In deciding to invest on some undertaking, it is worthwhile to first consider its corresponding risk and return. Risk deals with the probability of financial loss, while return is the gain or loss that will be derived from that particular undertaking (“risk” Wikipedia par. 1). Risk is measured by using two statistical tools — standard deviation and coefficient of variation. The former measures the deviation around the mean or expected value (“standard deviation” Wikipedia par. 3) while the latter measures the relative dispersion of a distribution (“coefficient of variation Return” Wikipedia par. 1). Return, on the other hand, is calculated by dividing the change of price of the asset plus the cash flow with the old price of the asset.[6] Both risk and return are measured to determine the attractiveness of the single asset or the portfolio, comprising of several assets, as a whole.

To minimize risk, it is always encouraged that financial managers diversify or combine assets that have negative correlation or those assets which are completely unrelated to each other. This way, when an asset in the portfolio posed a negative return, the portfolio return will not be greatly affected as there are other assets which can offset the decline in the return of that specific asset.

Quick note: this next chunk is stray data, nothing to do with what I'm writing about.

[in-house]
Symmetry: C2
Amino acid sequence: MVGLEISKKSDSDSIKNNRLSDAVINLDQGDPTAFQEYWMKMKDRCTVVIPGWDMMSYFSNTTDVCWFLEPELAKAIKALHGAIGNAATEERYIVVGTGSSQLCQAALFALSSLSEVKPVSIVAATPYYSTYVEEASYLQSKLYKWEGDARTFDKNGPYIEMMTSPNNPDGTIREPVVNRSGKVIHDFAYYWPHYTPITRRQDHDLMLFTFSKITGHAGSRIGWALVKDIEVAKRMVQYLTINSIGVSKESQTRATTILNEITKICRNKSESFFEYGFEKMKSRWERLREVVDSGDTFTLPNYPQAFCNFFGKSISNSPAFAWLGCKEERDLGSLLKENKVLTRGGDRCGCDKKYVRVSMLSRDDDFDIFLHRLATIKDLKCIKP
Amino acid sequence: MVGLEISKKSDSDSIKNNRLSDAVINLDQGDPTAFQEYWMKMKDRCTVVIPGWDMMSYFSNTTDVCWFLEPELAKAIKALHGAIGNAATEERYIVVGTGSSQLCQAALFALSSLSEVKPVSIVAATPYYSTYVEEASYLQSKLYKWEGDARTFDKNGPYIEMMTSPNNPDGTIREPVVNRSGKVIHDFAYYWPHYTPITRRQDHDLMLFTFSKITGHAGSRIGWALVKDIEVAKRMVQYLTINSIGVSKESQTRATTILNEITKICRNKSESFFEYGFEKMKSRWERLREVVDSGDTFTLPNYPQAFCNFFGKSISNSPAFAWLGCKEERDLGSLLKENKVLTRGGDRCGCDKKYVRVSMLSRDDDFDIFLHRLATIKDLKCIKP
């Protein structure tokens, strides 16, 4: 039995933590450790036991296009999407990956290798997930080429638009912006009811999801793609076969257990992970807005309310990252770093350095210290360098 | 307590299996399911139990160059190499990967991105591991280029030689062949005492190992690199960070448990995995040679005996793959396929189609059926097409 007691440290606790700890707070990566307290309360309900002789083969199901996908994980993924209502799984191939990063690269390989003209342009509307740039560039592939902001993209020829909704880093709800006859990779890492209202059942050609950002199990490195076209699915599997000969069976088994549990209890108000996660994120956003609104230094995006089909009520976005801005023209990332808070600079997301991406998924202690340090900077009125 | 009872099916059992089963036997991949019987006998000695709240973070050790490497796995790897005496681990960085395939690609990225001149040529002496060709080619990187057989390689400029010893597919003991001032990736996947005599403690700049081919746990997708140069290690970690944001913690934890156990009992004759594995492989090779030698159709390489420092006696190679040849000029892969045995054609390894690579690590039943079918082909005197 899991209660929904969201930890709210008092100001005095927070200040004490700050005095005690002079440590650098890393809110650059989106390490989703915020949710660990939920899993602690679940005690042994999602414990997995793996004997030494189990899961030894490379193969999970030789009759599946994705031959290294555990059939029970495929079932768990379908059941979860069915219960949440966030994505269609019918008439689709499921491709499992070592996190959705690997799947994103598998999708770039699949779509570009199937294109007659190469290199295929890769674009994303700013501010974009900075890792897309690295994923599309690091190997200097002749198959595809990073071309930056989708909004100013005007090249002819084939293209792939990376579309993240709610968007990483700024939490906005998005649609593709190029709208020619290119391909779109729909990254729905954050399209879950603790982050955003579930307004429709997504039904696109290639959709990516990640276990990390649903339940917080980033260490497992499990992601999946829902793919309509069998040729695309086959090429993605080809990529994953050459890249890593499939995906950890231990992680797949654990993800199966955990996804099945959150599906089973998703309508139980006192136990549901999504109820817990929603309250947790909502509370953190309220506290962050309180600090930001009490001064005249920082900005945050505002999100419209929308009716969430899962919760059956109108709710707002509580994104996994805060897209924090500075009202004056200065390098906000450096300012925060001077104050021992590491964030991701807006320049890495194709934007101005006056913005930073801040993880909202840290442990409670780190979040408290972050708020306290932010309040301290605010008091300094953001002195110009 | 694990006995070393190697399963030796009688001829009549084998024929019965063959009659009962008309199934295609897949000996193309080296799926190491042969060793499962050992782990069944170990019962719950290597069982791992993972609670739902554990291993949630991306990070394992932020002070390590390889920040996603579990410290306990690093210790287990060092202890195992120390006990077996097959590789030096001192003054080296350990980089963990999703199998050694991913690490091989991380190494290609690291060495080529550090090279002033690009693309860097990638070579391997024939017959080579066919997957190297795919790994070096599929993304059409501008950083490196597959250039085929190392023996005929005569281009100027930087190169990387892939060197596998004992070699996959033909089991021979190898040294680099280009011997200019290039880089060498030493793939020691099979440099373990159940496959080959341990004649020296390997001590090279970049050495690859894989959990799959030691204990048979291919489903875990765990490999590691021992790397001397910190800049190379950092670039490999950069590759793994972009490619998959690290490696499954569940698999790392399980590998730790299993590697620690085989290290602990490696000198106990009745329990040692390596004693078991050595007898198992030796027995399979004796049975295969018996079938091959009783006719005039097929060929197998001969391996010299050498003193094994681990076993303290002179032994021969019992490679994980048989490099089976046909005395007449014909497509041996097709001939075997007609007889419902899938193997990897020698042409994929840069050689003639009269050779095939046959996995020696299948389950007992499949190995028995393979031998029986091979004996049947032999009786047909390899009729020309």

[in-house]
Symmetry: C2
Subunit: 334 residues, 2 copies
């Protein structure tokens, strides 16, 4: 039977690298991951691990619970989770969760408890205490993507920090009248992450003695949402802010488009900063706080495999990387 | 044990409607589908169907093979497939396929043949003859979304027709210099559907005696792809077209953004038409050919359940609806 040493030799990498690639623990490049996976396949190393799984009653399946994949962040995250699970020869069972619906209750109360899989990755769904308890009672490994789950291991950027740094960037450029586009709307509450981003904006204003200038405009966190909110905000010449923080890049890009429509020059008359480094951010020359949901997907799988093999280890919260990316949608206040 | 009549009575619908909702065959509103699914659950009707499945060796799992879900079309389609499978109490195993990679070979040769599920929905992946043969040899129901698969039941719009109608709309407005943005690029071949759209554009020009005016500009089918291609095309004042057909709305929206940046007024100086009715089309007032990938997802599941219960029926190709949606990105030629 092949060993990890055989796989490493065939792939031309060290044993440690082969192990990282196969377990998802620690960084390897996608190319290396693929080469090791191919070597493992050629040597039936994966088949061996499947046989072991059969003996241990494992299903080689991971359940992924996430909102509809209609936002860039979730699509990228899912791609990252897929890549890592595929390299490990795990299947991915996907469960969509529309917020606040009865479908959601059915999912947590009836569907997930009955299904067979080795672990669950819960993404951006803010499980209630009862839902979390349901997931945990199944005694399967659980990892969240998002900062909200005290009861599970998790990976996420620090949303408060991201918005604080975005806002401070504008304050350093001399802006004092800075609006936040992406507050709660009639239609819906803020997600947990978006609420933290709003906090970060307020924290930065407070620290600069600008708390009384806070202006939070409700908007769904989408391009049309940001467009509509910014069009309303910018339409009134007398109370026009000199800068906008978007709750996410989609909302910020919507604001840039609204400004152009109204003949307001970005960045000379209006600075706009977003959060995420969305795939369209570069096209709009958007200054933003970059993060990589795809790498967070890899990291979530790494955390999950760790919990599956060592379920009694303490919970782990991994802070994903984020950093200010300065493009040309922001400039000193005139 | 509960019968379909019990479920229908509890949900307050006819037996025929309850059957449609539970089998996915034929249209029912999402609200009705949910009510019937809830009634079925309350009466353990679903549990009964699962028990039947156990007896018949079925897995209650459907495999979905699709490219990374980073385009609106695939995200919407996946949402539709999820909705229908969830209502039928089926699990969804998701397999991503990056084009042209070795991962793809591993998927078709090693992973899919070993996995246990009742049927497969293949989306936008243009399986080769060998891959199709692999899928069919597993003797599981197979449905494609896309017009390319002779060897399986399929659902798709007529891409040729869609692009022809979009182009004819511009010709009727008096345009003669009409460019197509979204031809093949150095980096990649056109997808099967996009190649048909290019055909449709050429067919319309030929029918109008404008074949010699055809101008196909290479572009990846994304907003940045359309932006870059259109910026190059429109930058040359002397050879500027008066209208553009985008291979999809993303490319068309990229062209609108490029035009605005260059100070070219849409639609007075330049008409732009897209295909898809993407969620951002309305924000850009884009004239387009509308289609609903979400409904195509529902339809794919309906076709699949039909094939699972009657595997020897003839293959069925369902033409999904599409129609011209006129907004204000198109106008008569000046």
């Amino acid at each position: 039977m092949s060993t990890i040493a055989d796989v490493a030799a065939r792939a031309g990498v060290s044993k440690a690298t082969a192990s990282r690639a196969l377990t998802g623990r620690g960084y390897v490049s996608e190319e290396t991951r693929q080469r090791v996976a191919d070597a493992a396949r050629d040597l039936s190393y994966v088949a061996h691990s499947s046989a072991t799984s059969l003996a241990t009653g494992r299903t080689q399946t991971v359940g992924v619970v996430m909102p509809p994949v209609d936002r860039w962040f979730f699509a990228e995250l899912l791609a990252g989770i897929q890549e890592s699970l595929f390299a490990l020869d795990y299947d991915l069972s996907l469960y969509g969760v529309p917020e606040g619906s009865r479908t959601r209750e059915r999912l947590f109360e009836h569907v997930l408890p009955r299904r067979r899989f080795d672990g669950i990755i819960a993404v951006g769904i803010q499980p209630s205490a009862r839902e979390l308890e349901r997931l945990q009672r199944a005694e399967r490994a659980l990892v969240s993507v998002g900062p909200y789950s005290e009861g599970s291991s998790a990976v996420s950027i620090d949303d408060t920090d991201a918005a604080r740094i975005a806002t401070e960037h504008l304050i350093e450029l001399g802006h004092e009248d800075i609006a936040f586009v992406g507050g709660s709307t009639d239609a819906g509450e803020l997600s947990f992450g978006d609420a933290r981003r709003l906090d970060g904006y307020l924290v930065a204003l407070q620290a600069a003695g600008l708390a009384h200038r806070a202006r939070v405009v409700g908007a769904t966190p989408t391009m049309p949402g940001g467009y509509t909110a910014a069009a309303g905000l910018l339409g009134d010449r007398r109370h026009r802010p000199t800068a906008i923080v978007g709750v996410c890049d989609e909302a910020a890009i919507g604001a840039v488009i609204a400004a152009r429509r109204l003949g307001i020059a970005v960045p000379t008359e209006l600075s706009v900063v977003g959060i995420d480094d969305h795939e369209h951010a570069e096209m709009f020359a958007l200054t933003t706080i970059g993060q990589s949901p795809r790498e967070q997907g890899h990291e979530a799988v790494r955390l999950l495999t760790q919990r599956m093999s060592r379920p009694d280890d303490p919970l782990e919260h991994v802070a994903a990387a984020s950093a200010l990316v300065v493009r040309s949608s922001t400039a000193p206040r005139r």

Another important concept found in this chapter is the capital asset pricing model or CAPM. Measuring CAPM is very important as it links all of the asset’s risk and return. The underlying concept in the CAPM is the fact that only relevant risk is the non-diversifiable, as diversifiable risk can be eliminated through diversification. The use of CAPM to measure return, the author believes, is very practical as it uses a beta or an index which measures the degree of movement of an asset’s return in response to a change in the market return. This makes the model very realistic as it incorporates market factors through the use of beta. According to Gitman, CAPM, however, is criticized for several reasons —i.e. reliance on historical data and hence it may not reflect the future variability of return, it assumes that the market is efficient with investors having the same information and expectations, it disregards restrictions on investment, taxes and transaction costs, and that it presupposes that all investors are rational and risk averse always preferring higher return with lower risk.

Chapter 6: Interest Rates And Bond Valuation

This chapter emphasized that there are two types of interest — nominal and real. The latter differs with the former primarily since it incorporates inflationary expectations. More so, the chapter discussed that there are three theories which explains the yield curve — these are expectations, liquidity preference and market segmentation theories.